Blockade of GLUT1 by WZB117 resensitizes breast cancer cells to adriamycin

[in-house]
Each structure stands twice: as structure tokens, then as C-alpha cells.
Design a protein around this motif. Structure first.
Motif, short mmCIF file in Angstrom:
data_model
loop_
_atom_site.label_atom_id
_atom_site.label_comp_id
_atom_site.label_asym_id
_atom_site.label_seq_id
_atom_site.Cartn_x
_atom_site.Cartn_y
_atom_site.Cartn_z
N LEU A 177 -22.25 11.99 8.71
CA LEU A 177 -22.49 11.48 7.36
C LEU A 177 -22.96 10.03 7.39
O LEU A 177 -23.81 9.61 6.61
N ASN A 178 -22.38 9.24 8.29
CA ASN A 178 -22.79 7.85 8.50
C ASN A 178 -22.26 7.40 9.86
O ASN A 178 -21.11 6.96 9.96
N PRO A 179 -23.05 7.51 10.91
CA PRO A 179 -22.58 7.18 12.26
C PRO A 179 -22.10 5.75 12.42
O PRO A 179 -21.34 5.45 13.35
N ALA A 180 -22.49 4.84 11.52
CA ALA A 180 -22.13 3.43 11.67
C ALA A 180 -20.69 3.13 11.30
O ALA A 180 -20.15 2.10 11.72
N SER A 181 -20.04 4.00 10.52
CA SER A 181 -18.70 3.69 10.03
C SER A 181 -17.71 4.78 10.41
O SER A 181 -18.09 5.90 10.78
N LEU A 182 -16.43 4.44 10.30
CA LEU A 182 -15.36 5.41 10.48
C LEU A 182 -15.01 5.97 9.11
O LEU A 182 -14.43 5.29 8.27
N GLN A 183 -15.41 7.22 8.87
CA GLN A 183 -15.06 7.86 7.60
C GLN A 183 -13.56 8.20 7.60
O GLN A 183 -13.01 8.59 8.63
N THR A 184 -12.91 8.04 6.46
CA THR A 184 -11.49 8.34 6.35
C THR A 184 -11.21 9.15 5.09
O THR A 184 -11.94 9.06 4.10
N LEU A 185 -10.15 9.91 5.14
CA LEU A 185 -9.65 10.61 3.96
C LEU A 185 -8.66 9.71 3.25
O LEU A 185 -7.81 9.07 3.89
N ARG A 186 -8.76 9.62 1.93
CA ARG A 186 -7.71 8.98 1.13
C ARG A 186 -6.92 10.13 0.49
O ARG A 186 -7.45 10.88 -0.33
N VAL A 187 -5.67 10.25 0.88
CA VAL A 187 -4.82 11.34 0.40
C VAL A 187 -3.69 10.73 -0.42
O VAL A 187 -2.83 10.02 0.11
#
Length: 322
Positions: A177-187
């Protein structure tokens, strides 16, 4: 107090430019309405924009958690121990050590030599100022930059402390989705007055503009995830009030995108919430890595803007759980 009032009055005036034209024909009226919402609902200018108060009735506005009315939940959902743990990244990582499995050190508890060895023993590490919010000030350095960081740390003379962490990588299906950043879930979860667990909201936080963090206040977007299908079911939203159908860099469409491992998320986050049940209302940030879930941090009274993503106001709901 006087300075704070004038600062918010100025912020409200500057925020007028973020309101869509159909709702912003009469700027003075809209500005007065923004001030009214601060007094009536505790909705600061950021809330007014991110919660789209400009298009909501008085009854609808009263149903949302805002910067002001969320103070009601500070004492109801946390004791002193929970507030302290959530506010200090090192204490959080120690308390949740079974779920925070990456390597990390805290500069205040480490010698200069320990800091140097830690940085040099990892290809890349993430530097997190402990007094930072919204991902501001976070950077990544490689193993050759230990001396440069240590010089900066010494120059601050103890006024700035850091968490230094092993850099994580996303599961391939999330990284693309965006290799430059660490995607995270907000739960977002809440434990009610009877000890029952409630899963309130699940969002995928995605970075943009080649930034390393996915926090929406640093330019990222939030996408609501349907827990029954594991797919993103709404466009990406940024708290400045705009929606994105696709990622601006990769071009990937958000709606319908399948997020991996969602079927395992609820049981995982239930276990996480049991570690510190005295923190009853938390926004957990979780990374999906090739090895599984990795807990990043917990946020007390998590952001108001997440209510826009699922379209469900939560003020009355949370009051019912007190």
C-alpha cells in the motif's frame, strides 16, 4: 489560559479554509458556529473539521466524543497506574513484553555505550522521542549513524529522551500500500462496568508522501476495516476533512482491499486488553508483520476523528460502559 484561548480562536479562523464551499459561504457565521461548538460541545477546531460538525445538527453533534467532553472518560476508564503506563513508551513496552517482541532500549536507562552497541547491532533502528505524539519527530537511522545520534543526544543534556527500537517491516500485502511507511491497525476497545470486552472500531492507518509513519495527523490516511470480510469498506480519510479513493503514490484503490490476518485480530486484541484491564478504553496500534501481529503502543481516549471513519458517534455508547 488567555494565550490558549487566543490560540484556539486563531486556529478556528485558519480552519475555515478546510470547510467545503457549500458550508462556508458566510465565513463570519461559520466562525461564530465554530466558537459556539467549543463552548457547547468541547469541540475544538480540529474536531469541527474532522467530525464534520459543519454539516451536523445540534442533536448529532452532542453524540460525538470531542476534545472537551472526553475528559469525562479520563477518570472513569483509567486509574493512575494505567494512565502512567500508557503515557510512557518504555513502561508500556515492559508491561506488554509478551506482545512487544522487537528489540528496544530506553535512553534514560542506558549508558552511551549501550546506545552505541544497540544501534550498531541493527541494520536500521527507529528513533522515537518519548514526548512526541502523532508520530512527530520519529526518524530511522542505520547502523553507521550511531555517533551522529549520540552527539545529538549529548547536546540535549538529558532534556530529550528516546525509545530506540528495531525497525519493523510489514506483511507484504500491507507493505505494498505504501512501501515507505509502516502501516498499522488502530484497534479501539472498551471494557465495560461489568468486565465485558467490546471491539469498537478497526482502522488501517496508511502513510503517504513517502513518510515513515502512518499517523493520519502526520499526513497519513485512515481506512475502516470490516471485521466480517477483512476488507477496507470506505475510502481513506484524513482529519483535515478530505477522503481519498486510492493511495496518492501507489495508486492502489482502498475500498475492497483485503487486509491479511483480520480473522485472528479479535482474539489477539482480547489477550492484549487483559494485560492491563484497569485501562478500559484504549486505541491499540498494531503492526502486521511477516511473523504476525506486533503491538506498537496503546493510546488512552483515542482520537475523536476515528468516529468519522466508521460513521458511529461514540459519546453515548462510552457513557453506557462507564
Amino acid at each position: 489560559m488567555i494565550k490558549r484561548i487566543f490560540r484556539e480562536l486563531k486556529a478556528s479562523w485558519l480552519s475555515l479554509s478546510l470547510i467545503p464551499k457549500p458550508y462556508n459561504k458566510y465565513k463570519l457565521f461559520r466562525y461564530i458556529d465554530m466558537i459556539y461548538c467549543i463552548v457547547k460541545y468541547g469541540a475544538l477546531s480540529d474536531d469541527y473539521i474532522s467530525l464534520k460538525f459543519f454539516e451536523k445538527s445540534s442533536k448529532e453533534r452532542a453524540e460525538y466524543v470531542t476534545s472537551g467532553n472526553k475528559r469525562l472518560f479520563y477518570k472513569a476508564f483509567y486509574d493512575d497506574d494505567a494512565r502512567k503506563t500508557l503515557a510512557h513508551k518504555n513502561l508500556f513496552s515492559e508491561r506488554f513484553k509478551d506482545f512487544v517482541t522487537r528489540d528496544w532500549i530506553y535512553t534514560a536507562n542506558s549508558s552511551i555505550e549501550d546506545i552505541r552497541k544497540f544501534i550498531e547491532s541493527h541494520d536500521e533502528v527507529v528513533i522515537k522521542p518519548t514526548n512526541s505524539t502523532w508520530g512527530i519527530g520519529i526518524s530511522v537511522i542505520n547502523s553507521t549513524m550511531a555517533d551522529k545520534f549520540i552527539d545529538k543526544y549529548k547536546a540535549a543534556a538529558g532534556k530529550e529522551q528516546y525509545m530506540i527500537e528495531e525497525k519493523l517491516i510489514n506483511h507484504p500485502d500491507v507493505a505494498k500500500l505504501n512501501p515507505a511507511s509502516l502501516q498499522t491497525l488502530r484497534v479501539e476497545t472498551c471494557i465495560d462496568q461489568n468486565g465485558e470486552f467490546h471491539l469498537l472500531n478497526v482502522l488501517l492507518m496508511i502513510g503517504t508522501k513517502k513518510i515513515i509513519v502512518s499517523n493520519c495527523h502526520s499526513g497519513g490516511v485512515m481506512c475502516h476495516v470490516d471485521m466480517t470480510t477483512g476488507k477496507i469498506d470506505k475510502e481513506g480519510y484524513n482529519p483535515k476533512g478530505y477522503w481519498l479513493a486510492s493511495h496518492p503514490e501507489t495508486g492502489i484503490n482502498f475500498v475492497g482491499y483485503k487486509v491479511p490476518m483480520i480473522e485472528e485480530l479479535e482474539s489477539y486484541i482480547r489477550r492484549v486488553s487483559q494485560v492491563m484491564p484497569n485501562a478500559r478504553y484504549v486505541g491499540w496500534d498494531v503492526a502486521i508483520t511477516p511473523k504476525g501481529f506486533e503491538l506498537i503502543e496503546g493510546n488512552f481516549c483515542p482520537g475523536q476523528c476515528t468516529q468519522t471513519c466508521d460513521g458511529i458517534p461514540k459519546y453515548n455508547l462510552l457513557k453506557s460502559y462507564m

The tolerance to adriamycin of cancer as a common and stubborn obstacle occurred during curing breast cancer patients needs to be overcome. In the present study, we explored whether inhibiting the glucose transporter 1 (GLUT1) could restore the activity of adriamycin in breast cancer cell line MCF-7 resistant to adriamycin and the possible underlying mechanisms. Adriamycin-resistant cell line MCF-7/ADR was selected stepwise from the parental MCF-7 cells and the level of GLUT1 was measured. Then, the MCF-7/ADR cells were incubated with adriamycin, WZB117 (a specific GLUT1 inhibitor), or both. The viability, proliferation and apoptosis of cells and the level of glucose and lactate were measured, respectively. Finally, the cytosolic and mitochondrial proteins were isolated and the activity of the adenosine monophosphate-activated protein kinase (AMPK)/phosphorylated AMPK, mammalian target of rapamycin (mTOR)/phosphorylated mTOR, and apoptotic-related protein BCL-2-associated X protein (BAX), Bcl-2 was assayed by western blot. We found that WZB117 resensitized MCF-7/ADR to adriamycin and increased BAX translocated to mitochondria, which through activation of AMPK and inhibition of mTOR in a high probability. Inhibition of the GLUT1 could partially restore the antineoplastic effects of adriamycin in the adriamycin-resistant MCF-7 cell line possibly through activating the AMPK, downregulating the mTOR pathway, and increasing the BAX translocation to mitochondria.